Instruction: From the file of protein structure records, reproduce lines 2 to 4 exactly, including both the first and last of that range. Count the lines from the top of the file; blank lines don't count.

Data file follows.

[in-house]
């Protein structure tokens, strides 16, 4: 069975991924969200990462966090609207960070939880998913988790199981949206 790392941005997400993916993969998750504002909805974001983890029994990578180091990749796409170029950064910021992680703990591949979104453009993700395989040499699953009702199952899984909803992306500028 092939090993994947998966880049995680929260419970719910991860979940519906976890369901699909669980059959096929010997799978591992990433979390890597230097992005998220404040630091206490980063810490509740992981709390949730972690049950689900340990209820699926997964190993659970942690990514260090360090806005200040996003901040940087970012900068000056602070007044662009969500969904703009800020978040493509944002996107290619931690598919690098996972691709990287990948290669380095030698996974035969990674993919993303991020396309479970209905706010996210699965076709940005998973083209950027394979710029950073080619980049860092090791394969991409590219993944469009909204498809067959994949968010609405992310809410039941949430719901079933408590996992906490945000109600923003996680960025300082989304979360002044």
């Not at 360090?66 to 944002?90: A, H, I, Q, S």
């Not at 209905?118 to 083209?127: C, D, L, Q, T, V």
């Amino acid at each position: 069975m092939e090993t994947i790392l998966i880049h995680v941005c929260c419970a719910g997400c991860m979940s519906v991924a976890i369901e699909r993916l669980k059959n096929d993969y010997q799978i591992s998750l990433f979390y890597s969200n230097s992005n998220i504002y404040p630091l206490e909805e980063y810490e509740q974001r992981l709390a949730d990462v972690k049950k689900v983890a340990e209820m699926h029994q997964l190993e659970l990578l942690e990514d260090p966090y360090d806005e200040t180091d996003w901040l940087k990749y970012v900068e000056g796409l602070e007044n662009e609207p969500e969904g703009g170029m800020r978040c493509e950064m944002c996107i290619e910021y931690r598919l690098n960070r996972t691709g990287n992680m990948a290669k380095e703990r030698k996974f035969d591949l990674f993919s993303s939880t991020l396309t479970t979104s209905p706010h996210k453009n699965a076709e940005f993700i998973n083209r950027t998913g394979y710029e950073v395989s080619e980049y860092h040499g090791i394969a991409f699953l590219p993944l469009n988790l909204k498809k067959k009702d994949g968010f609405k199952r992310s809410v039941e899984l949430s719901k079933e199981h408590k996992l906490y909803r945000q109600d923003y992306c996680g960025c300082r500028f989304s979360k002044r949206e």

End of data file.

């Protein structure tokens, strides 16, 4: 069975991924969200990462966090609207960070939880998913988790199981949206 790392941005997400993916993969998750504002909805974001983890029994990578180091990749796409170029950064910021992680703990591949979104453009993700395989040499699953009702199952899984909803992306500028 092939090993994947998966880049995680929260419970719910991860979940519906976890369901699909669980059959096929010997799978591992990433979390890597230097992005998220404040630091206490980063810490509740992981709390949730972690049950689900340990209820699926997964190993659970942690990514260090360090806005200040996003901040940087970012900068000056602070007044662009969500969904703009800020978040493509944002996107290619931690598919690098996972691709990287990948290669380095030698996974035969990674993919993303991020396309479970209905706010996210699965076709940005998973083209950027394979710029950073080619980049860092090791394969991409590219993944469009909204498809067959994949968010609405992310809410039941949430719901079933408590996992906490945000109600923003996680960025300082989304979360002044």
């Not at 360090?66 to 944002?90: A, H, I, Q, S």
């Not at 209905?118 to 083209?127: C, D, L, Q, T, V």